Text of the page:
The Lake Tahoe Shakespeare Festival began modestly in 1972 at Sugar Pine Point State Park on the west shore of Lake Tahoe. The New Shakespeare Company presented eight performances during its inaugural season. The Lake Tahoe Shakespeare Festival continued there for four years, until it ran into scheduling conflicts over the use of Sugar Pine Point’s Ehrman Mansion.
In 1976, the company and Nevada State Parks agreed to hold the performances at Sand Harbor – even though it was considered to be a less accessible location. A bare-bones stage was hastily built for just over $1,000 in materials and labor. In 1976, our first year at Sand Harbor State Park it is estimated over 500 people attended each of twelve performances.
At first, the Lake Tahoe Shakespeare Festival was managed by the staff of Lake Tahoe Nevada State Park. In 1982, the North Tahoe Fine Arts Council (NTFAC) began “Tunes in the Dunes” and took over the management of the Lake Tahoe Shakespeare Festival. The Festival prospered under the direction of NTFAC and became a cultural tradition at the park. Each year, more and more people made the trip to enjoy a picnic and a play under the stars at Sand Harbor. But in 1992, the North Tahoe Fine Arts Council folded and a new manager for the Festival was needed.
The Incline Village Crystal Bay Visitors and Convention Bureau was selected to manage the Lake Tahoe Shakespeare Festival. In 1995, a long-term contract was signed with the Lake Tahoe Shakespeare Festival, a non-profit group dedicated to managing and improving the performances at Sand Harbor. As part of the agreement, the LTSF, completely through private funding, constructed a state of the art stage facility. The Warren Edward Trepp Stage, built at a cost of nearly two million dollars, was dedicated at the start of the 2000 season. The Lake Tahoe Shakespeare Festival at Sand Harbor is still a fun, casual evening on the beach, but under the stewardship of the Festival, it has also become one of the outstanding outdoor cultural events in the United States.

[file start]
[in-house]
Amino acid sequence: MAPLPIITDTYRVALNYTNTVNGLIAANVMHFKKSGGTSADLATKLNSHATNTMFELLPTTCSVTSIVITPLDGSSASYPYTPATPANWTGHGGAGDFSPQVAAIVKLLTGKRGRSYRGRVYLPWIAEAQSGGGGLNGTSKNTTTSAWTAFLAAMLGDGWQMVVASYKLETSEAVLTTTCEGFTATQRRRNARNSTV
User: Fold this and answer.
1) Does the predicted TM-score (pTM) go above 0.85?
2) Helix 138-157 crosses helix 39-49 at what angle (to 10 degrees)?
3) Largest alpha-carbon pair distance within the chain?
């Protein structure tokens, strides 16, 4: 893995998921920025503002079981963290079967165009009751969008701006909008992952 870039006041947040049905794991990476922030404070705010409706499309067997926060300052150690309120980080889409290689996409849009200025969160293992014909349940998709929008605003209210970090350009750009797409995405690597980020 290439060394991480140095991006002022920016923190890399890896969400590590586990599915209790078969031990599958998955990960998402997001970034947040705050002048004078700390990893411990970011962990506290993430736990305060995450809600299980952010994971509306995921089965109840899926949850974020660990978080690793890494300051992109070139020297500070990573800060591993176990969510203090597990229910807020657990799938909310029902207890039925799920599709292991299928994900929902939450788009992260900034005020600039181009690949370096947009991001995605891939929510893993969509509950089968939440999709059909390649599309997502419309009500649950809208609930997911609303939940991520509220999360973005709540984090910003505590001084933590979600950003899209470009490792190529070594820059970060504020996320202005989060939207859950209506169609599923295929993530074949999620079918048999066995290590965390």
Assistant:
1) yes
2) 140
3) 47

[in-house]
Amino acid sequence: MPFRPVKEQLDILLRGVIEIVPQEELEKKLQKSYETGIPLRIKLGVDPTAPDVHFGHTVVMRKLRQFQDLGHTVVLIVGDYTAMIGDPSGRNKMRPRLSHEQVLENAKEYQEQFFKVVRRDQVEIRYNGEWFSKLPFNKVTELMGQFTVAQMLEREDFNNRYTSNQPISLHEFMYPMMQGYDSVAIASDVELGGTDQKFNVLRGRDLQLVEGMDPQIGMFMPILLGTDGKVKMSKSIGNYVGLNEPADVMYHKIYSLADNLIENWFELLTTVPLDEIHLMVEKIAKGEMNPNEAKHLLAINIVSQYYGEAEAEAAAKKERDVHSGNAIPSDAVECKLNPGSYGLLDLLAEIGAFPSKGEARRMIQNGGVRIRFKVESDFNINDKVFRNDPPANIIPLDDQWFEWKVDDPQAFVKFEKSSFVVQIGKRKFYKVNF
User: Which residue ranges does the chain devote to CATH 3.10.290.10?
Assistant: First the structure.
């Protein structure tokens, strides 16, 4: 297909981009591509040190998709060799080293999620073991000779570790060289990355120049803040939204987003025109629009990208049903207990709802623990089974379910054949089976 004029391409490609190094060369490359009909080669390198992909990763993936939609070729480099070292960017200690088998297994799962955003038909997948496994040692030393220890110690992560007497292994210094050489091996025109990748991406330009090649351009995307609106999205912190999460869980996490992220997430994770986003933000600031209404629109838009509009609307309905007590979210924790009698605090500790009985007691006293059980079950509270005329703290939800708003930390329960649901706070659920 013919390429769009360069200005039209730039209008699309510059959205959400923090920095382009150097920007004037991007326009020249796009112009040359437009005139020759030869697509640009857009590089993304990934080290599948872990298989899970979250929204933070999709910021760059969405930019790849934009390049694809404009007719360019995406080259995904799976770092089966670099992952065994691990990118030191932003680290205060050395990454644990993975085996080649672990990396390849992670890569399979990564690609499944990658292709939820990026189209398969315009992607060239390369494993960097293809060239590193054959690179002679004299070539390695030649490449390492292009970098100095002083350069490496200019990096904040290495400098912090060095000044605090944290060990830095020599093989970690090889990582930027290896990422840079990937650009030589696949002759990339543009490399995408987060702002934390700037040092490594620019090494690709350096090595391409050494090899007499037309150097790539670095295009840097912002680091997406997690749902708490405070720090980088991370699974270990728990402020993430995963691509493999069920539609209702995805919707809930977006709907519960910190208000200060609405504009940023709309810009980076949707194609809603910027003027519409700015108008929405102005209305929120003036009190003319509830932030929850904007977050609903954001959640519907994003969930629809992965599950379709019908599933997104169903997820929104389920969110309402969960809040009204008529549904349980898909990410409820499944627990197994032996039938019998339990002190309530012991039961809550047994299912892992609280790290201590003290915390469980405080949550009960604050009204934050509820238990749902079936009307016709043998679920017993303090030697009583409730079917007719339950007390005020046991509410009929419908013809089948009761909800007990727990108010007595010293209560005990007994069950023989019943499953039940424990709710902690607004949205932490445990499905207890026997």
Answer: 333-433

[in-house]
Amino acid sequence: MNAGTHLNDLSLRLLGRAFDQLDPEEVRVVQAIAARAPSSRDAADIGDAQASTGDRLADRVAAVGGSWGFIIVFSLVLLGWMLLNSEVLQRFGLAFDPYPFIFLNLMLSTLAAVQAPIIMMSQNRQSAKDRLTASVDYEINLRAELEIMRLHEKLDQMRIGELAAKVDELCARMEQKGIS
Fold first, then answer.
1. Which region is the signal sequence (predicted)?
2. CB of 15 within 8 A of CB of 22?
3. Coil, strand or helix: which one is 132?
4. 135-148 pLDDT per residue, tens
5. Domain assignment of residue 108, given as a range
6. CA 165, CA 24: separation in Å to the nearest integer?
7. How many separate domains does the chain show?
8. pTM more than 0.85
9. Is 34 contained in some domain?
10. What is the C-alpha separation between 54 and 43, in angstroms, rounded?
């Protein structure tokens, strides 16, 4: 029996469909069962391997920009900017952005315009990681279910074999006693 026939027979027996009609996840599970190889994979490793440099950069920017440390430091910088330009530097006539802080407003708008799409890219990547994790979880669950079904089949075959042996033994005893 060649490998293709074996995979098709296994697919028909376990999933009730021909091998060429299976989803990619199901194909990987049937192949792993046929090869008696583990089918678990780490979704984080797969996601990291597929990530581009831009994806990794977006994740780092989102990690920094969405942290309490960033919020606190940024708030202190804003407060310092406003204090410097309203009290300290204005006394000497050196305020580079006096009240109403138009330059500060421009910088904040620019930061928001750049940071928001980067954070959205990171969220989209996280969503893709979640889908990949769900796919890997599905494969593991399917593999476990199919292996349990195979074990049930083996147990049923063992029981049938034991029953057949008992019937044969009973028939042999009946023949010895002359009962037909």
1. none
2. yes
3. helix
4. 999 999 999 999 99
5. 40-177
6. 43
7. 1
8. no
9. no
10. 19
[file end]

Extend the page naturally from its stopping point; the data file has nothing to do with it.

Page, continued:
In May of 1999, the Parasol Foundation, a non-profit community foundation, was awarded a generous grant from the Donald W. Reynolds Foundation through the Community Services Center Program. The Community Services Program is designed to help privately supported, non-profit organizations with 501 C (3) status, join together to house their operations in a shared facility. The Lake Tahoe Shakespeare Festival was fortunate to have been invited to share this facility; it is one of a kind. Designed from the ground up for the special needs of non-profits and volunteer organizations, it is the headquarters of the Parasol Foundation, 20 other full-time organizations and over 80 other groups who utilize the facility as needed. The Parasol Foundation, which provides an umbrella of benefits and value-added services to aid the non-profit organizations on the North Shore, along with the generosity of the Donald W. Reynolds Foundation, has given the Festival a wonderful opportunity to be part of a model project for non-profit organizations in America.